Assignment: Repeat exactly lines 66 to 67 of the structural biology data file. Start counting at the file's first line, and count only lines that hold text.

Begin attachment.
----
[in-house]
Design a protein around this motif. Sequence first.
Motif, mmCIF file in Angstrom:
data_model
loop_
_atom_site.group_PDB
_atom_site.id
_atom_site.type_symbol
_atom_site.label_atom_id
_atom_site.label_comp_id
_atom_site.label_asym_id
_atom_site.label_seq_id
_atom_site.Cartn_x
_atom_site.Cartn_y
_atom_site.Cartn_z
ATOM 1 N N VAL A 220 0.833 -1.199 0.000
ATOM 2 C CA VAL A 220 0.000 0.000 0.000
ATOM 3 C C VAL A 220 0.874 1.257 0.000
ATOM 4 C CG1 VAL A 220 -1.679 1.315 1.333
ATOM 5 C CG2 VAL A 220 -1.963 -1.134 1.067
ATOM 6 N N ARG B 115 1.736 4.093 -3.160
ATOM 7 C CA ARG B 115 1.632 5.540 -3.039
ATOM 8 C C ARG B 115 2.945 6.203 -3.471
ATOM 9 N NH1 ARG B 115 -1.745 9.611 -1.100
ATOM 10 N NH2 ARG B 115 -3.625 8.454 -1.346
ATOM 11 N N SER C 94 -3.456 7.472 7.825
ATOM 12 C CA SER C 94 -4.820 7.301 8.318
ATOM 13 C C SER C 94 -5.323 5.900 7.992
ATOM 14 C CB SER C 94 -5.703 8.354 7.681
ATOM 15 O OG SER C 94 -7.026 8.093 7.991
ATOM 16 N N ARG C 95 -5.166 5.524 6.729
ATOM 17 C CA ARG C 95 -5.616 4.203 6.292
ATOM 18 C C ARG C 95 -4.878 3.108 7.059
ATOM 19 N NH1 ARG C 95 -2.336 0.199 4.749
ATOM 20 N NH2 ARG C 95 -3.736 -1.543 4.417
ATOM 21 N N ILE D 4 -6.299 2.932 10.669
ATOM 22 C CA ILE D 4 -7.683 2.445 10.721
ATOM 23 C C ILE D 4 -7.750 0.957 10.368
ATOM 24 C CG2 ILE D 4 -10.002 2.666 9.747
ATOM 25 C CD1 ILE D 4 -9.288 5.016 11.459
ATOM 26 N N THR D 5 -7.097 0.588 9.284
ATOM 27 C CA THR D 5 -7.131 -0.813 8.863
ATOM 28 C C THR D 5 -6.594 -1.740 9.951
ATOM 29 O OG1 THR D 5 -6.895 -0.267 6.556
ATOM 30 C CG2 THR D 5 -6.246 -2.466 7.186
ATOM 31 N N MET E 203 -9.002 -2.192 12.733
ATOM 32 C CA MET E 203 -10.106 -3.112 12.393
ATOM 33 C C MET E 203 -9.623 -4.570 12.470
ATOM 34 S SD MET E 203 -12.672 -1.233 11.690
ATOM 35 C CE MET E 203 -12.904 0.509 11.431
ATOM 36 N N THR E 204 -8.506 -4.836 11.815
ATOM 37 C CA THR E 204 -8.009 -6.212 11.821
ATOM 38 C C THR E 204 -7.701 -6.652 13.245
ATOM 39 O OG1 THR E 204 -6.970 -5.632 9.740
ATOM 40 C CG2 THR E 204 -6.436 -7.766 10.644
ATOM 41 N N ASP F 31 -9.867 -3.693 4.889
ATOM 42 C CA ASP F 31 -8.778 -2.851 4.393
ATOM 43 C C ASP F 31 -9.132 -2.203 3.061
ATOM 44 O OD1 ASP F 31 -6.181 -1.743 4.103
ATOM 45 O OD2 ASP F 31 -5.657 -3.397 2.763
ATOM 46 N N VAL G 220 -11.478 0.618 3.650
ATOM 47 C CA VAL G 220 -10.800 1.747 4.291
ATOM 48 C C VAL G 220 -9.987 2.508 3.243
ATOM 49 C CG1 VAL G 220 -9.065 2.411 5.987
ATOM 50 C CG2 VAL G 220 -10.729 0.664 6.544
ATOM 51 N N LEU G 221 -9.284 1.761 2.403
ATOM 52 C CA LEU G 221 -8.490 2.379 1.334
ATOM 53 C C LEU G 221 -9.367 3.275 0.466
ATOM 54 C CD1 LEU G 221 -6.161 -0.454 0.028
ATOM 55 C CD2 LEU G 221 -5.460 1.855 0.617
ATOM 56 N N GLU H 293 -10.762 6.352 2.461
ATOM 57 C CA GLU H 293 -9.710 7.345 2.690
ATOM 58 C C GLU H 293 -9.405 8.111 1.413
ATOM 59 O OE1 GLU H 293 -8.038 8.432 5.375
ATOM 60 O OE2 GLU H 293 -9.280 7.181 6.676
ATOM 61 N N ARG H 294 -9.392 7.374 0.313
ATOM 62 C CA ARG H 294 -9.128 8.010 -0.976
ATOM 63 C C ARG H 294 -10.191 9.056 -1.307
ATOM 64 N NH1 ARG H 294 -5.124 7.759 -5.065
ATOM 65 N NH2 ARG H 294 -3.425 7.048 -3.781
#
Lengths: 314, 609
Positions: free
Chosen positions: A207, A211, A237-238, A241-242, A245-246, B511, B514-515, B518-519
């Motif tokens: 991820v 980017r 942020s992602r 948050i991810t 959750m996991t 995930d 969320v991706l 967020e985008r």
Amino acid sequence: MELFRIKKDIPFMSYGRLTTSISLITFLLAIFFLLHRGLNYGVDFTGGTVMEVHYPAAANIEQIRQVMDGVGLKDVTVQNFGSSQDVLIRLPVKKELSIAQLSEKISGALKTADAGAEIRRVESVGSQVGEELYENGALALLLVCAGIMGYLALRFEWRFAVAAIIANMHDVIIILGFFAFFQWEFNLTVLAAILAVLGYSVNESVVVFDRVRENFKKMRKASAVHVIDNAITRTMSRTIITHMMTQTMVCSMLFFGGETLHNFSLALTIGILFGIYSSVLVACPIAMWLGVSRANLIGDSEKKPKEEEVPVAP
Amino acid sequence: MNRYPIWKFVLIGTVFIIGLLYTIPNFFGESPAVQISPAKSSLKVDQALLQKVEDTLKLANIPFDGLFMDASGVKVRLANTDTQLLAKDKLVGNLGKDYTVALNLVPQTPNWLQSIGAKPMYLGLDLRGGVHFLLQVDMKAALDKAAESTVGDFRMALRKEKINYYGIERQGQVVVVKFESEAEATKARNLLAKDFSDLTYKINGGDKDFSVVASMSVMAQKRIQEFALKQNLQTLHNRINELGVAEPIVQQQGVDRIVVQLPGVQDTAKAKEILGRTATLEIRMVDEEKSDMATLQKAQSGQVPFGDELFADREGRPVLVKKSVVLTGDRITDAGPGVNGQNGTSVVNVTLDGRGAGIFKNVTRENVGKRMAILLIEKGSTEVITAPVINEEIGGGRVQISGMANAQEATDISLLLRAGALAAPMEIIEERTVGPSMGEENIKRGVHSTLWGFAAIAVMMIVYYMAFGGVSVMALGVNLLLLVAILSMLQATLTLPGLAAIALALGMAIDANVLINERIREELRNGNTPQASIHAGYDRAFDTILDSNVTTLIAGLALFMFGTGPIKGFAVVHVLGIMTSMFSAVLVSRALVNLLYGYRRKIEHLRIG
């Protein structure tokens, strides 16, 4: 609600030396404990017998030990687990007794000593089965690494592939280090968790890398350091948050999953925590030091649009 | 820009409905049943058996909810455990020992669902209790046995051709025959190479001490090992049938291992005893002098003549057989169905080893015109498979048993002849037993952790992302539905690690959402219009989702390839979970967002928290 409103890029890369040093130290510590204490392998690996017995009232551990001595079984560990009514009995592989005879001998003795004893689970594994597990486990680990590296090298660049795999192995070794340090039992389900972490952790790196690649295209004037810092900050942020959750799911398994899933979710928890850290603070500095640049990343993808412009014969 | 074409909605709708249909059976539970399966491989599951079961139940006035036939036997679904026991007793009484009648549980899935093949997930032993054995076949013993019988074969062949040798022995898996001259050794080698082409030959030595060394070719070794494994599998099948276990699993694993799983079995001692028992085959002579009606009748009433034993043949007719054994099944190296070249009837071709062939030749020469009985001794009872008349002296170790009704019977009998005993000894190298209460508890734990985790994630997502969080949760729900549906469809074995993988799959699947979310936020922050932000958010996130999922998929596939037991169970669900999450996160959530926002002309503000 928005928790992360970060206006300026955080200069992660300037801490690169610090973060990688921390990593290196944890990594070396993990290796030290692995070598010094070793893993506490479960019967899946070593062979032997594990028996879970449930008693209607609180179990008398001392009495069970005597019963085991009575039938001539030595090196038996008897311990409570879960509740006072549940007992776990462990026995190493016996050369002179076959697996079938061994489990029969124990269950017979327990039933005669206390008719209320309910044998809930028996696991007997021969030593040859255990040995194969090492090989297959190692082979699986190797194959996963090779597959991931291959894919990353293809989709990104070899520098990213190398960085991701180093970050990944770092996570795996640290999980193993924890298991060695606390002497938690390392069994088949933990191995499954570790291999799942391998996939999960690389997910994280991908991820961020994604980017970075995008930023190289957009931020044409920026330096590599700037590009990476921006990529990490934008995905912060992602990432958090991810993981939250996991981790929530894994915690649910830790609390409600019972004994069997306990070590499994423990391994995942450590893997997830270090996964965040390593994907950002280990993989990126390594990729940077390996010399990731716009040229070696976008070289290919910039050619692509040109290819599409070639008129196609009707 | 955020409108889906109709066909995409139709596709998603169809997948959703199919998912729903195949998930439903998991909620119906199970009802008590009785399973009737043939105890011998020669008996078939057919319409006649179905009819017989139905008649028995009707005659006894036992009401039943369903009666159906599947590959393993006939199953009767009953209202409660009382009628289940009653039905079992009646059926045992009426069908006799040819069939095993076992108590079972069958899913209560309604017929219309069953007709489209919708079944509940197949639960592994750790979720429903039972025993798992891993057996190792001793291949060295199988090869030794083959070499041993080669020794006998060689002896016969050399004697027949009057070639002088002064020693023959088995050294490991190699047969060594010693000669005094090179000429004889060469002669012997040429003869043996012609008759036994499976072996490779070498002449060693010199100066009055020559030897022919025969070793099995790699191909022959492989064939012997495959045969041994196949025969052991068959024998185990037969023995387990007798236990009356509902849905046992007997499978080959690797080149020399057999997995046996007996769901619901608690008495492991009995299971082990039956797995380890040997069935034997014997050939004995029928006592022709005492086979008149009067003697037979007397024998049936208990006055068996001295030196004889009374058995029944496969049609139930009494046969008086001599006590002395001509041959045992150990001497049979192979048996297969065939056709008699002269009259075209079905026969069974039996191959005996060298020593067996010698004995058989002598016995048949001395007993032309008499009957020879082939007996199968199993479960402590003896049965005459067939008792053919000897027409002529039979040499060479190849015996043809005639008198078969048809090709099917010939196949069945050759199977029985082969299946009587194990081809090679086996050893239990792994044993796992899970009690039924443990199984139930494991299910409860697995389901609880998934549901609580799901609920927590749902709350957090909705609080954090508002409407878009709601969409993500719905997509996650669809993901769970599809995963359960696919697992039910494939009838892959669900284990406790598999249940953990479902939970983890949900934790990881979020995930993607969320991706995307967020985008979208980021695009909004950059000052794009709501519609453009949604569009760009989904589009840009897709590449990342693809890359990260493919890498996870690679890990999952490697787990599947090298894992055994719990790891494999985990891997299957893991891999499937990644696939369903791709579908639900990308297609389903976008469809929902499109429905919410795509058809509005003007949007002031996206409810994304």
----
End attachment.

ATOM 51 N N LEU G 221 -9.284 1.761 2.403
ATOM 52 C CA LEU G 221 -8.490 2.379 1.334